Vessel in the form of a digging stick

Peru, 15th-16th century

This rare ceremonial object is based on the chaquitaclla – the traditional Andean foot plough.

Each year, the Inca King as ruler of Tahuantinsuyu – or the Empire of the four Quarters – would be accompanied by provincial lords in the ‘opening of the earth’ ritual to signal the beginning of the agricultural cycle.

Wielding large foot ploughs, they would break the ground in unison accompanied by chanting, singing and drinking to mark chacra yapuy quilla, the festival of the first planting.

The paccha itself is hollow and has an opening at the top enabling chicha, which is a fermented maize beer, to be poured in at one end before escaping through a narrow hole at the tip to symbolically irrigate and inseminate the earth.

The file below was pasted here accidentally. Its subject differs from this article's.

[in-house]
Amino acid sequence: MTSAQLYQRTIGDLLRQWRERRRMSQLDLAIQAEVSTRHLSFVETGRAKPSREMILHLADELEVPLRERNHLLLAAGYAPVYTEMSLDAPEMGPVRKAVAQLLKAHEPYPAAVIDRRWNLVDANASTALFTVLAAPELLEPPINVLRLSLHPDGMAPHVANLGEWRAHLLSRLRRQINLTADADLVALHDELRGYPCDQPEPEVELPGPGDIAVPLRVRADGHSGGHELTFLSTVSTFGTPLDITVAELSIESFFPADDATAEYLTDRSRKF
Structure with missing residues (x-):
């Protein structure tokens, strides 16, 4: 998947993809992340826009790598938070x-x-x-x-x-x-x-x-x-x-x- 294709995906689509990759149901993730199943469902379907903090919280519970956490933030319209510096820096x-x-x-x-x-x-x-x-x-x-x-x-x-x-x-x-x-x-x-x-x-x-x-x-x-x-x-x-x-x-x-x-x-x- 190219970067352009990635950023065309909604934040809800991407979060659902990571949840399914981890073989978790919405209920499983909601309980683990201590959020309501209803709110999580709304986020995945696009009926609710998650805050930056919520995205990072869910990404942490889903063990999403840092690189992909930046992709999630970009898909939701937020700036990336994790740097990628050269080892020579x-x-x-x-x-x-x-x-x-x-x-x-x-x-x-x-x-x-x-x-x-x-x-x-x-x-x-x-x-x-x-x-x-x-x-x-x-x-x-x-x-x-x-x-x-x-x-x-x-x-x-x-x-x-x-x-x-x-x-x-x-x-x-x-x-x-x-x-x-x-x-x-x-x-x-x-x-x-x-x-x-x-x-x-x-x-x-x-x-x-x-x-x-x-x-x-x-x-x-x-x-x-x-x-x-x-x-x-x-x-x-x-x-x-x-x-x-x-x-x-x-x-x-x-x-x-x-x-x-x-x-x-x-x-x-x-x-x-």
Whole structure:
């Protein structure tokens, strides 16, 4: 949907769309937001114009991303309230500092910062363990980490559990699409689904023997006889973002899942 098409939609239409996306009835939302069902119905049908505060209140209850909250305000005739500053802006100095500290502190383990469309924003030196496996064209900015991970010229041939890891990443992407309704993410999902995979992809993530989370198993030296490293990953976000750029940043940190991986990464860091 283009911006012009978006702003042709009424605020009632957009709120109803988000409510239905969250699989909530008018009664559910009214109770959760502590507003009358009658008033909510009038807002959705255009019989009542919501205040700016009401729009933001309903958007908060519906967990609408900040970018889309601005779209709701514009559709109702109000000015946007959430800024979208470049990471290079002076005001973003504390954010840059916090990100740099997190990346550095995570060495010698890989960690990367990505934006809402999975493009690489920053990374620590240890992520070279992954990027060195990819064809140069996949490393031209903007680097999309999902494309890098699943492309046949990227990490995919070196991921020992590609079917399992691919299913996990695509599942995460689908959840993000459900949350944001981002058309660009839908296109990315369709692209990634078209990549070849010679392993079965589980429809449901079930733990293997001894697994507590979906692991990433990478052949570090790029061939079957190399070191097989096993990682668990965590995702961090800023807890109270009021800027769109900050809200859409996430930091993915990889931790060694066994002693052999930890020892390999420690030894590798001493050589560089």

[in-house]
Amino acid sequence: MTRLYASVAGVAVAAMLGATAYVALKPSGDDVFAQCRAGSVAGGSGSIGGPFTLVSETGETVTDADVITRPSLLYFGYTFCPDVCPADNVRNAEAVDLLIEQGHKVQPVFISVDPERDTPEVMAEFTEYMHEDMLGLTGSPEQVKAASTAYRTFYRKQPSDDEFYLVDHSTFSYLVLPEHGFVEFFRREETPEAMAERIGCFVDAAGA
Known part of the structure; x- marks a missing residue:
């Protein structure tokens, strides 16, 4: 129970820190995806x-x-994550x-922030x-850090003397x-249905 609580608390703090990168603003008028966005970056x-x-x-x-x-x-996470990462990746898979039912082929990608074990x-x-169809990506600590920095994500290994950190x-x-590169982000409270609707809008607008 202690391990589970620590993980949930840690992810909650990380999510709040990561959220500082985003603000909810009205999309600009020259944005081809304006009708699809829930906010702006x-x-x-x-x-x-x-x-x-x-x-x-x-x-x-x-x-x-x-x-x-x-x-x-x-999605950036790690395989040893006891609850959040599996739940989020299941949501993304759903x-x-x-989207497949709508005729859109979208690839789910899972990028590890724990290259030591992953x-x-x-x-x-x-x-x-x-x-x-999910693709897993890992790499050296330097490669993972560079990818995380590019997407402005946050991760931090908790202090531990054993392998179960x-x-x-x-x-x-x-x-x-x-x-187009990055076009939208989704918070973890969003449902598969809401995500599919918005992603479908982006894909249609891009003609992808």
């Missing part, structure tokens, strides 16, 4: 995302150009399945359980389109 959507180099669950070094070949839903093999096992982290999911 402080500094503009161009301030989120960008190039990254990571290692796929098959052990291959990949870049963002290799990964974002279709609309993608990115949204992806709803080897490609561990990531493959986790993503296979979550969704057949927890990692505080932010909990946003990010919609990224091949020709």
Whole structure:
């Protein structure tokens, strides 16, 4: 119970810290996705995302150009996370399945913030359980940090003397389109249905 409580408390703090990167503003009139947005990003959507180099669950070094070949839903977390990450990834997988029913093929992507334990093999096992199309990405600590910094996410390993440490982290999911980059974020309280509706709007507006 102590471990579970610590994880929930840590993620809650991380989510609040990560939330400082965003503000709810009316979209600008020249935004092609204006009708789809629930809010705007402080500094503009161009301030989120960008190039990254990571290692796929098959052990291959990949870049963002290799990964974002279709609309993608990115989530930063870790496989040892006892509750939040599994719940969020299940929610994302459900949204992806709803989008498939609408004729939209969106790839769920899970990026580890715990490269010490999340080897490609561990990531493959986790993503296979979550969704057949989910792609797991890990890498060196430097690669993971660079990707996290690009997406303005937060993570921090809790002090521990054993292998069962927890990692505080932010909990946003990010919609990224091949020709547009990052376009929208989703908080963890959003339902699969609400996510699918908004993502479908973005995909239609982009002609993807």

From their capital, Cuzco, in Peru, the Inca controlled a huge empire reaching over 2,400 miles along the length of the Andes mountains. The supreme head of state was the king, considered a living god ruling by divine right.

Incas world culture

Inca ushnus

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More information


Colin McEwan, Ancient American Art in Detail (London, The British Museum Press, 2009)


Inca colonial


Height: 42 cm


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This object features in A History of the World in 100 objects

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